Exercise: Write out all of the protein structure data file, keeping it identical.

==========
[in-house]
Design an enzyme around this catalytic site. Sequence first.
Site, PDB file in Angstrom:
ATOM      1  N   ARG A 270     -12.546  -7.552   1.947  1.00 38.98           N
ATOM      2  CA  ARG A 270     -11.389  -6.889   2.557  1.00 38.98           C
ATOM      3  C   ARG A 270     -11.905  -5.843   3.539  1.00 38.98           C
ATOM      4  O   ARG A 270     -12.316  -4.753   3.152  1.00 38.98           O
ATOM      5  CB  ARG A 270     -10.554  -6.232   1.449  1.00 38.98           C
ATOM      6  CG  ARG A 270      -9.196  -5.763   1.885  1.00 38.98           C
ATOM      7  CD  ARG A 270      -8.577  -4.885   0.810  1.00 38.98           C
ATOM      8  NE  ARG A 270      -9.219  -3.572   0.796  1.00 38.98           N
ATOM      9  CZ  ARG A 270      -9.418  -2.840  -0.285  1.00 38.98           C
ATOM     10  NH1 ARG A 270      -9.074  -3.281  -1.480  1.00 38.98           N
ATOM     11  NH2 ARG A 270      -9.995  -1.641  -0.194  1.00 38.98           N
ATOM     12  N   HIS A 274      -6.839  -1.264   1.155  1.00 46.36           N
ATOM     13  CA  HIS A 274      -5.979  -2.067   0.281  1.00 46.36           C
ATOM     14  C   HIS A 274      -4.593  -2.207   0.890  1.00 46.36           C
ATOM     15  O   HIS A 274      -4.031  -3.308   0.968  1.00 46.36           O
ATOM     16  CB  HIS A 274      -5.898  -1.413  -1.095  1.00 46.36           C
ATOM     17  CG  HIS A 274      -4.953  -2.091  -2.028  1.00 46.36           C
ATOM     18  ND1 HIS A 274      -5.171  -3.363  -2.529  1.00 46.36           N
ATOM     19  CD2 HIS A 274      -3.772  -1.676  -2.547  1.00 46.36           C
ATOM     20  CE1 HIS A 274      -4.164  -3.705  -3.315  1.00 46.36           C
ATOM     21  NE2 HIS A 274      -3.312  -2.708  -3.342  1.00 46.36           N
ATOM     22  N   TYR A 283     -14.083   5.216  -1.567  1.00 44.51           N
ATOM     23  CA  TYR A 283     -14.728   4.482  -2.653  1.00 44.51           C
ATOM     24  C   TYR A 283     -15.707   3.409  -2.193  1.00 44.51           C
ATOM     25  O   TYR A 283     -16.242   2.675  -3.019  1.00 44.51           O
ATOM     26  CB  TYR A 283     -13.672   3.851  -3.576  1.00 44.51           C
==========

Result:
[in-house]
Design an enzyme around this catalytic site. Sequence first.
Site, PDB file in Angstrom:
ATOM      1  N   ARG A 270     -12.546  -7.552   1.947  1.00 38.98           N
ATOM      2  CA  ARG A 270     -11.389  -6.889   2.557  1.00 38.98           C
ATOM      3  C   ARG A 270     -11.905  -5.843   3.539  1.00 38.98           C
ATOM      4  O   ARG A 270     -12.316  -4.753   3.152  1.00 38.98           O
ATOM      5  CB  ARG A 270     -10.554  -6.232   1.449  1.00 38.98           C
ATOM      6  CG  ARG A 270      -9.196  -5.763   1.885  1.00 38.98           C
ATOM      7  CD  ARG A 270      -8.577  -4.885   0.810  1.00 38.98           C
ATOM      8  NE  ARG A 270      -9.219  -3.572   0.796  1.00 38.98           N
ATOM      9  CZ  ARG A 270      -9.418  -2.840  -0.285  1.00 38.98           C
ATOM     10  NH1 ARG A 270      -9.074  -3.281  -1.480  1.00 38.98           N
ATOM     11  NH2 ARG A 270      -9.995  -1.641  -0.194  1.00 38.98           N
ATOM     12  N   HIS A 274      -6.839  -1.264   1.155  1.00 46.36           N
ATOM     13  CA  HIS A 274      -5.979  -2.067   0.281  1.00 46.36           C
ATOM     14  C   HIS A 274      -4.593  -2.207   0.890  1.00 46.36           C
ATOM     15  O   HIS A 274      -4.031  -3.308   0.968  1.00 46.36           O
ATOM     16  CB  HIS A 274      -5.898  -1.413  -1.095  1.00 46.36           C
ATOM     17  CG  HIS A 274      -4.953  -2.091  -2.028  1.00 46.36           C
ATOM     18  ND1 HIS A 274      -5.171  -3.363  -2.529  1.00 46.36           N
ATOM     19  CD2 HIS A 274      -3.772  -1.676  -2.547  1.00 46.36           C
ATOM     20  CE1 HIS A 274      -4.164  -3.705  -3.315  1.00 46.36           C
ATOM     21  NE2 HIS A 274      -3.312  -2.708  -3.342  1.00 46.36           N
ATOM     22  N   TYR A 283     -14.083   5.216  -1.567  1.00 44.51           N
ATOM     23  CA  TYR A 283     -14.728   4.482  -2.653  1.00 44.51           C
ATOM     24  C   TYR A 283     -15.707   3.409  -2.193  1.00 44.51           C
ATOM     25  O   TYR A 283     -16.242   2.675  -3.019  1.00 44.51           O
ATOM     26  CB  TYR A 283     -13.672   3.851  -3.576  1.00 44.51           C